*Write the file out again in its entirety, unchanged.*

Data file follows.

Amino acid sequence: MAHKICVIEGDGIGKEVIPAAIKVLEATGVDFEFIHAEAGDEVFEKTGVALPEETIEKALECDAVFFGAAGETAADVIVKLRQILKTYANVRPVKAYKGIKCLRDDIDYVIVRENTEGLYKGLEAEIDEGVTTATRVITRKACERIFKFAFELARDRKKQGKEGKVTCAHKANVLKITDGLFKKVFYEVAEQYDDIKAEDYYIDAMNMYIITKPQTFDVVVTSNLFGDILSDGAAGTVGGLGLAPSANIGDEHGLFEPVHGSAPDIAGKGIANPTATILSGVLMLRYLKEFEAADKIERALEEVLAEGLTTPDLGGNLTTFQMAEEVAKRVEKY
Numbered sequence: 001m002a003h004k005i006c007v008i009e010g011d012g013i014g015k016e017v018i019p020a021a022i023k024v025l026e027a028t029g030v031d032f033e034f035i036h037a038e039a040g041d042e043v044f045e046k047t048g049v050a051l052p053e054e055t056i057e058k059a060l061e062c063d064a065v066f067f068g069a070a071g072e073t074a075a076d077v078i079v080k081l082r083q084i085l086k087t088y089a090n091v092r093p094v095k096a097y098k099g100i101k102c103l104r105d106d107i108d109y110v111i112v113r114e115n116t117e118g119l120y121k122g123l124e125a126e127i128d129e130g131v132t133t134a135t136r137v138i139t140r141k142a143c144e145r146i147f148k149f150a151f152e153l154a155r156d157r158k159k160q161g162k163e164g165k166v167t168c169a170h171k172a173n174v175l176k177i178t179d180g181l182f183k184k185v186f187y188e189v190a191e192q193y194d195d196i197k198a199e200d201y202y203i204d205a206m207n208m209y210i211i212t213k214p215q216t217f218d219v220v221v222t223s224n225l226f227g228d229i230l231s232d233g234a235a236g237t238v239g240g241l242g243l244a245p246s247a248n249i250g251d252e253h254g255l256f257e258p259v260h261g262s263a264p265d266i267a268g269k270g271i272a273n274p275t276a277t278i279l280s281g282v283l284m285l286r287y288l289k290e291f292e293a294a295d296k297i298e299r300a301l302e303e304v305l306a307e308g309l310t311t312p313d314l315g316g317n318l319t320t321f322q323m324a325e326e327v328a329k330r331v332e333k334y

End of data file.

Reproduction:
Amino acid sequence: MAHKICVIEGDGIGKEVIPAAIKVLEATGVDFEFIHAEAGDEVFEKTGVALPEETIEKALECDAVFFGAAGETAADVIVKLRQILKTYANVRPVKAYKGIKCLRDDIDYVIVRENTEGLYKGLEAEIDEGVTTATRVITRKACERIFKFAFELARDRKKQGKEGKVTCAHKANVLKITDGLFKKVFYEVAEQYDDIKAEDYYIDAMNMYIITKPQTFDVVVTSNLFGDILSDGAAGTVGGLGLAPSANIGDEHGLFEPVHGSAPDIAGKGIANPTATILSGVLMLRYLKEFEAADKIERALEEVLAEGLTTPDLGGNLTTFQMAEEVAKRVEKY
Numbered sequence: 001m002a003h004k005i006c007v008i009e010g011d012g013i014g015k016e017v018i019p020a021a022i023k024v025l026e027a028t029g030v031d032f033e034f035i036h037a038e039a040g041d042e043v044f045e046k047t048g049v050a051l052p053e054e055t056i057e058k059a060l061e062c063d064a065v066f067f068g069a070a071g072e073t074a075a076d077v078i079v080k081l082r083q084i085l086k087t088y089a090n091v092r093p094v095k096a097y098k099g100i101k102c103l104r105d106d107i108d109y110v111i112v113r114e115n116t117e118g119l120y121k122g123l124e125a126e127i128d129e130g131v132t133t134a135t136r137v138i139t140r141k142a143c144e145r146i147f148k149f150a151f152e153l154a155r156d157r158k159k160q161g162k163e164g165k166v167t168c169a170h171k172a173n174v175l176k177i178t179d180g181l182f183k184k185v186f187y188e189v190a191e192q193y194d195d196i197k198a199e200d201y202y203i204d205a206m207n208m209y210i211i212t213k214p215q216t217f218d219v220v221v222t223s224n225l226f227g228d229i230l231s232d233g234a235a236g237t238v239g240g241l242g243l244a245p246s247a248n249i250g251d252e253h254g255l256f257e258p259v260h261g262s263a264p265d266i267a268g269k270g271i272a273n274p275t276a277t278i279l280s281g282v283l284m285l286r287y288l289k290e291f292e293a294a295d296k297i298e299r300a301l302e303e304v305l306a307e308g309l310t311t312p313d314l315g316g317n318l319t320t321f322q323m324a325e326e327v328a329k330r331v332e333k334y